But there is no national dialogue about curriculum. Consider this encounter between Core Knowledge supporter Robert Pondiscio and former DC Chancellor and education reform darling Michelle Rhee:
After the Manhattan Institute event, I had the opportunity to talk briefly with Rhee about my reform game –curriculum, teaching and learning. I wondered out loud whether it made sense to reach conclusions about the effectiveness of individual teachers who are poorly trained and have no say over their curriculum or, more often than not, no curriculum at all.
“I know you have a lot on your plate,” I concluded. “But I’d urge you to at least keep curriculum in mind.”
“The last thing we’re going to do,” she replied with a chuckle, “is get wrapped up in curriculum battles.”
A stunning reply if you think about it.
In this exchange, Pondiscio also touches upon another critical element missing from the reform agenda—the quality of teacher preparation and their working conditions. The necessity of the former has apparently been outright dismissed, based on the rise of Teach for America, which throws recent college graduates into tough urban classrooms with five weeks of training. Regardless of how a teacher came to be certified, 1st-year teachers’ responsibilities differ little from veterans’, and there is little meaningful professional development for any teacher. Implicit in this model is the idea that teaching is so simple a task a highly-educated person can do well almost by default.
High-achieving countries do not treat their teachers this way. Countries like Singapore structure their training much more like our medical training and professional development programs, with years of paid “residency” during which new teachers teach reduced loads while being supervised and mentored by experienced teachers. Implicit in this model is the idea that teaching takes significant amounts of knowledge and skill and only well-trained professionals can do it well. Research supports this model.
The lack of regard for the teaching profession in the US creates teachers’ poor working conditions. Because teaching is assumed to be an easy, repetitive task, it is treated almost like an entry-level position—there are no paths for professional advancement that keep good teachers in the classroom. Teachers are not given enough time to do their work well, often with less than an hour of scheduled prep time to cover 6-7 hours of teaching per day. The pay is low. Because teachers are not assumed to be competent professionals, they are often left out of key instructional decisions. They are openly disrespected by students, parents, and the public. In the US, these factors contribute to the profession’s inability to attract and retain top talent.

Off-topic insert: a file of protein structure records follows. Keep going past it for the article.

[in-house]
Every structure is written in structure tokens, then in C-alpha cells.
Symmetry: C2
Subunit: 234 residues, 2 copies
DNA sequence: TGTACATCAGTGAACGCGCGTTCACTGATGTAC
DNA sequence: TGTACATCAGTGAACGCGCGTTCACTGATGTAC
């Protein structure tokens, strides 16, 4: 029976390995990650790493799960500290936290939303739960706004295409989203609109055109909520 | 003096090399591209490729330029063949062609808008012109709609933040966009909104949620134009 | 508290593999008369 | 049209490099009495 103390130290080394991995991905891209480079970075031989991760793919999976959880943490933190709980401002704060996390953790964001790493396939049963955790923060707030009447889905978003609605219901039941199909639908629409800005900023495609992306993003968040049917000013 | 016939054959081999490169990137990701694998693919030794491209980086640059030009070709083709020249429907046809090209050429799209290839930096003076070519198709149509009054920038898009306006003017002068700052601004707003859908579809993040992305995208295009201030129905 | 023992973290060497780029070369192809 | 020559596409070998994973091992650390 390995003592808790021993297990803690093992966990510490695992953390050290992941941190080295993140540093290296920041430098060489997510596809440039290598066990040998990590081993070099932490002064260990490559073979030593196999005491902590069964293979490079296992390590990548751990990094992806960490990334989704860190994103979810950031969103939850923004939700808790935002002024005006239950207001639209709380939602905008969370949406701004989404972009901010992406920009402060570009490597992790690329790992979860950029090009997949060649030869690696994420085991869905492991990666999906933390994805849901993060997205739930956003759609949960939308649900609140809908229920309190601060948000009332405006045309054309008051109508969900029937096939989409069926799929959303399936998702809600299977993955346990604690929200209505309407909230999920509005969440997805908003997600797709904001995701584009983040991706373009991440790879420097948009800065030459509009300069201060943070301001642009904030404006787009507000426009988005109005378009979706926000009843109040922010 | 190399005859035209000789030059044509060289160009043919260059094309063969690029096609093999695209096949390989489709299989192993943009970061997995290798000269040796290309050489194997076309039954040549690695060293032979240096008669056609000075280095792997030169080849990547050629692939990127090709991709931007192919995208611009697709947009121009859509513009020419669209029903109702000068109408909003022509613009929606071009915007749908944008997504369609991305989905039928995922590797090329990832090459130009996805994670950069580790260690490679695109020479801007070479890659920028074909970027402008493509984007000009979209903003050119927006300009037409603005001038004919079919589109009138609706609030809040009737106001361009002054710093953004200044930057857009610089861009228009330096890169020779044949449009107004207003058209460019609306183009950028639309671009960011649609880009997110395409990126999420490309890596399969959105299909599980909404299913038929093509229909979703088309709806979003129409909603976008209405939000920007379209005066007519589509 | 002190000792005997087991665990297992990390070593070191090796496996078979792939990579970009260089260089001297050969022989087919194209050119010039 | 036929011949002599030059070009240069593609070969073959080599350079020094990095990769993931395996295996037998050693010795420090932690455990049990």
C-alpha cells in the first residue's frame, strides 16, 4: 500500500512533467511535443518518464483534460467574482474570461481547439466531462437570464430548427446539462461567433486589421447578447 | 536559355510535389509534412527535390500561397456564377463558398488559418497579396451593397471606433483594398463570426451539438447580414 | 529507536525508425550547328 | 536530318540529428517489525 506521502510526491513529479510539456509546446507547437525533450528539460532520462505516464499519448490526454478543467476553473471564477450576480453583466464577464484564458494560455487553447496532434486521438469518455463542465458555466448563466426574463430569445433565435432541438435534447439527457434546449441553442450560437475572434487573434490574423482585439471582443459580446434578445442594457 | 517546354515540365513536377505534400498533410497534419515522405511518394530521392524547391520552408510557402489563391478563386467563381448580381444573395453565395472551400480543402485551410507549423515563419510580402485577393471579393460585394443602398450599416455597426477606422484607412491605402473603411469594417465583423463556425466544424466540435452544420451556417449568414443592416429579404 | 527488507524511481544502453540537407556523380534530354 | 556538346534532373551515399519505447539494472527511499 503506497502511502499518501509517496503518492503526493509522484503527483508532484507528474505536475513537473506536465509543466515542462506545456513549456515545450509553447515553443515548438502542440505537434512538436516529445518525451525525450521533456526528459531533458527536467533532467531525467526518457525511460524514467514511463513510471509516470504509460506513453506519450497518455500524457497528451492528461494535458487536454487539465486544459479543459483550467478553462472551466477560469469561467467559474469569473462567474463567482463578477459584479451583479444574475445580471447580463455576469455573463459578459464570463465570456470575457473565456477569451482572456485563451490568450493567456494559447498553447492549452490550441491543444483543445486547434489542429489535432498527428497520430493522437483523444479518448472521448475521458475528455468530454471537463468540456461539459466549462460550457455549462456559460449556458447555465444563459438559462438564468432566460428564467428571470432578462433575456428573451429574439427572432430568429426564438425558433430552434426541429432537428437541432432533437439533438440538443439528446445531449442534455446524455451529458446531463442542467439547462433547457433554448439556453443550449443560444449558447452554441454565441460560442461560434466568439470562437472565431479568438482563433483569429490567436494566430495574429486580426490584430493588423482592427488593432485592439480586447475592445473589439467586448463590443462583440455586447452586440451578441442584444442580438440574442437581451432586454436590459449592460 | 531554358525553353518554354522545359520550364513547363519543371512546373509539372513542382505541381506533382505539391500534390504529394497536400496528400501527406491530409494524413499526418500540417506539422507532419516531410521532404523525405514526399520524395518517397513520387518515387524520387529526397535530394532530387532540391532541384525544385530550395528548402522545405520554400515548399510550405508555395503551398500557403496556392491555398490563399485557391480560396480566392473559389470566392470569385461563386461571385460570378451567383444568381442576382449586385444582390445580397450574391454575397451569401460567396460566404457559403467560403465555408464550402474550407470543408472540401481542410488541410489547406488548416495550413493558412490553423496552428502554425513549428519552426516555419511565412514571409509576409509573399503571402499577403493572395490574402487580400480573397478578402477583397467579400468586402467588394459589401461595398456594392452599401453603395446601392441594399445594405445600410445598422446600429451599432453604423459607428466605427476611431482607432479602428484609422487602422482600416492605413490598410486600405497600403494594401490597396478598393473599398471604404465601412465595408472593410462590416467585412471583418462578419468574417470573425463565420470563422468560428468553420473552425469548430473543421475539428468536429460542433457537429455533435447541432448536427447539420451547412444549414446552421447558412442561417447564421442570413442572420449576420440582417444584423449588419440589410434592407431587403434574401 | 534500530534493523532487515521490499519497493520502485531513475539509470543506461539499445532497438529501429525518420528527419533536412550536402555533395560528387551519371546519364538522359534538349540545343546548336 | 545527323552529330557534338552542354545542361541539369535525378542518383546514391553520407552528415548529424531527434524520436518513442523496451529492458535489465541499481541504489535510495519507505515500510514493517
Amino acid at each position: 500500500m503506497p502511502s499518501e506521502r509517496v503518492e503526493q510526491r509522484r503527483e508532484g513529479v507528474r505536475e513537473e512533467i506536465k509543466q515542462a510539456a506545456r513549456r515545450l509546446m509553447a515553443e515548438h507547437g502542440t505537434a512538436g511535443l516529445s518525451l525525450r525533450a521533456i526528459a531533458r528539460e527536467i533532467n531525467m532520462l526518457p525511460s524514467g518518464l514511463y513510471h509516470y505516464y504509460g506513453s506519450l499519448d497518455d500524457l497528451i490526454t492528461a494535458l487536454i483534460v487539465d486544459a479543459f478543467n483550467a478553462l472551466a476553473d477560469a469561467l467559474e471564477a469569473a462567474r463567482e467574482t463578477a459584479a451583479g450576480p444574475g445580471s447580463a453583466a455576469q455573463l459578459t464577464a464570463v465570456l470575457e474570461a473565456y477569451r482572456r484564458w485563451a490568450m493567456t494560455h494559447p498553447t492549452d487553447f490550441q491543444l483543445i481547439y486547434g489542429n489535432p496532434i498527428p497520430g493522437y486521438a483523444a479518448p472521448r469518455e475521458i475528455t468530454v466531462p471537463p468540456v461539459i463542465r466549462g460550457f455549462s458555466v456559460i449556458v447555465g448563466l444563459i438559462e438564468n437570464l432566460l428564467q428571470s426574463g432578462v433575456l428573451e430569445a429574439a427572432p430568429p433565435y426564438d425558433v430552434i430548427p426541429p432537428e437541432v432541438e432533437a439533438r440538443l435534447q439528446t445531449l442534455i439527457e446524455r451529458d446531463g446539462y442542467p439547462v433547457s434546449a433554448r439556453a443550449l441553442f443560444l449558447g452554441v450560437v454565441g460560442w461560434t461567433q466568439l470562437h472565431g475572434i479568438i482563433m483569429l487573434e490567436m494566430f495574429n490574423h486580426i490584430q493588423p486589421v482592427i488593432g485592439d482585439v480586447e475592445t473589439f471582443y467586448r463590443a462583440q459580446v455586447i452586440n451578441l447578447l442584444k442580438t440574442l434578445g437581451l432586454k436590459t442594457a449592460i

In today’s reform debate, discussion of teachers’ working conditions pretty much stops with blaming unions for self-interest and coddling bad teachers. But honest analyses of the structural deficiencies in our education system don’t point the blame at teachers. As the Christian Science Monitor writes:
It seems to me that politicians blaming teachers for our national failures in public education is like blaming bridges for falling down. Who made that bridge? Who maintains it? Who ensures its safety?
If I were to be charitable, I might assume that market-based reform proponents believed the “invisible hand of the market” would come to build the missing support structures in teacher training and professional development, that if only we loosened the regulations on public schools and let them behave more like private businesses, some education entrepreneur would find a way to profitably mass-market Japanese lesson study (pdf) in the US. But building a profession takes time, a generation even, and the rhetoric of Rhee and others suggest they believe their ideas will effect change quickly, particularly if we punish the low performers hard enough. One of their pet claims is if only we fired the worst 5% of teachers, the US would equal Finland in education quality, a claim that’s a second cousin to the spherical cow.
So I remain skeptical of these reforms, and continue to be dismayed they have the spotlight in education policy-making.
Schoenfeld, A. H. (2004). The math wars. Educational Policy, 18(1), 253-286. Read this article (pdf).
Schmidt, W., Houang, R., & Cogan, L. (2002). A coherent curriculum: The case of mathematics. American Educator, Summer 2002, 1-18. Read this article (pdf).
Wang-Iverson, P., Myers, P., & Lim, E. W. K. (2009-2010). Beyond Singapore’s mathematics textbooks: focused and flexible supports for teaching and learning. American Educator, Winter 2009-2010, 28-38. Read this article (pdf).
Ball, D. L., Hill, H. C., & Bass, H. (2005). Knowing mathematics for teaching: Who knows mathematics well enough to teach third grade, and how can we decide? American Educator, Fall 2005, 14-46. Read this article (pdf).